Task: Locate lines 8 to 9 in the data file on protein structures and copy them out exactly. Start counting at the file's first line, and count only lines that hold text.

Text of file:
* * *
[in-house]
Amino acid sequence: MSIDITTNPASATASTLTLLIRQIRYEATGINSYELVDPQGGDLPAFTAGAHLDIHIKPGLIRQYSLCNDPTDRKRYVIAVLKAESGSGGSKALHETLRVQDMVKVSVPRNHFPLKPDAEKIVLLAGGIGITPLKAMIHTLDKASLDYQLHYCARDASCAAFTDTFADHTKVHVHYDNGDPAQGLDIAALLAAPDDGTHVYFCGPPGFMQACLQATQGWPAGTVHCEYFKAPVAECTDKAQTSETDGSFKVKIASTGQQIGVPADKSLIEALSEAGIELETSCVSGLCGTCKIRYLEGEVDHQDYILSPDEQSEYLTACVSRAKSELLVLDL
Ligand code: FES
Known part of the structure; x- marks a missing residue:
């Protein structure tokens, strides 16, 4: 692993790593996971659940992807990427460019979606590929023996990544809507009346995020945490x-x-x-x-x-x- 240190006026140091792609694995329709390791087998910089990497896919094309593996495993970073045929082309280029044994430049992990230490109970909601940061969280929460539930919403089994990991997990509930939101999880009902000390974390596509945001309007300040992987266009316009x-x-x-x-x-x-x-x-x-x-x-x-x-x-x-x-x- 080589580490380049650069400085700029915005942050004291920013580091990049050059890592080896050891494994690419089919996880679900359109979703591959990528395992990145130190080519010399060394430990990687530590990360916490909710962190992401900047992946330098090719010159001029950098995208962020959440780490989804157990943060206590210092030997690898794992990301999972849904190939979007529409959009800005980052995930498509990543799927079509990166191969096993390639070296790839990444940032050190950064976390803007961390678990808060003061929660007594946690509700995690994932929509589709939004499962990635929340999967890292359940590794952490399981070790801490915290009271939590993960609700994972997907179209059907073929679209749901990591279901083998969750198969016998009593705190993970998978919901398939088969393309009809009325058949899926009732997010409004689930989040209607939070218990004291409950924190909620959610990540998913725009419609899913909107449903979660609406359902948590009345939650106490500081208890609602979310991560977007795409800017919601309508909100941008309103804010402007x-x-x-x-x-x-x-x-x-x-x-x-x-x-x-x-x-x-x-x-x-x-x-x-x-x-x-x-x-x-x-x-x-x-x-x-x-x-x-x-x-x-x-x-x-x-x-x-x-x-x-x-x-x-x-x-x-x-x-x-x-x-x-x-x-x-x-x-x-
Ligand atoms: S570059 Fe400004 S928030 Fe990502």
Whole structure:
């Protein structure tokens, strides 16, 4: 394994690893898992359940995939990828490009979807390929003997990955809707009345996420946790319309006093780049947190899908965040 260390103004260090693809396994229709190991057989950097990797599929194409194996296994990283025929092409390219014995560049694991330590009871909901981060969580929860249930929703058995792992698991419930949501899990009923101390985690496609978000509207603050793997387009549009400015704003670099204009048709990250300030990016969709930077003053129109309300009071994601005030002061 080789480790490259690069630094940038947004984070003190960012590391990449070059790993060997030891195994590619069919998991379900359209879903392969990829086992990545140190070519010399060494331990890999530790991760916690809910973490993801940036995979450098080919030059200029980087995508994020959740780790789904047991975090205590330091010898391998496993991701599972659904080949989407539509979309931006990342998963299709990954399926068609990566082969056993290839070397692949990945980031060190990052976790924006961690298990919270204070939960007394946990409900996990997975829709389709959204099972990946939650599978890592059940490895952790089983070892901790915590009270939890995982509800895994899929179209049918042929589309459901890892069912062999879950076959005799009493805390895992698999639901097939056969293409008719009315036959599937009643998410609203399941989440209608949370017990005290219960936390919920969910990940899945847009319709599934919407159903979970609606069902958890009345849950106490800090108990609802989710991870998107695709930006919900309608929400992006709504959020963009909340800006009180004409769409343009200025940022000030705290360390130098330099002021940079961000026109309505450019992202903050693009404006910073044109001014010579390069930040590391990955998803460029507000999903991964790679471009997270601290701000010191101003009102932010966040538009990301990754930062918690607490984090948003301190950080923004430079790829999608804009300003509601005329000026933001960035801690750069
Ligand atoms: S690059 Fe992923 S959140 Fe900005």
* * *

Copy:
């Protein structure tokens, strides 16, 4: 394994690893898992359940995939990828490009979807390929003997990955809707009345996420946790319309006093780049947190899908965040 260390103004260090693809396994229709190991057989950097990797599929194409194996296994990283025929092409390219014995560049694991330590009871909901981060969580929860249930929703058995792992698991419930949501899990009923101390985690496609978000509207603050793997387009549009400015704003670099204009048709990250300030990016969709930077003053129109309300009071994601005030002061 080789480790490259690069630094940038947004984070003190960012590391990449070059790993060997030891195994590619069919998991379900359209879903392969990829086992990545140190070519010399060494331990890999530790991760916690809910973490993801940036995979450098080919030059200029980087995508994020959740780790789904047991975090205590330091010898391998496993991701599972659904080949989407539509979309931006990342998963299709990954399926068609990566082969056993290839070397692949990945980031060190990052976790924006961690298990919270204070939960007394946990409900996990997975829709389709959204099972990946939650599978890592059940490895952790089983070892901790915590009270939890995982509800895994899929179209049918042929589309459901890892069912062999879950076959005799009493805390895992698999639901097939056969293409008719009315036959599937009643998410609203399941989440209608949370017990005290219960936390919920969910990940899945847009319709599934919407159903979970609606069902958890009345849950106490800090108990609802989710991870998107695709930006919900309608929400992006709504959020963009909340800006009180004409769409343009200025940022000030705290360390130098330099002021940079961000026109309505450019992202903050693009404006910073044109001014010579390069930040590391990955998803460029507000999903991964790679471009997270601290701000010191101003009102932010966040538009990301990754930062918690607490984090948003301190950080923004430079790829999608804009300003509601005329000026933001960035801690750069
Ligand atoms: S690059 Fe992923 S959140 Fe900005």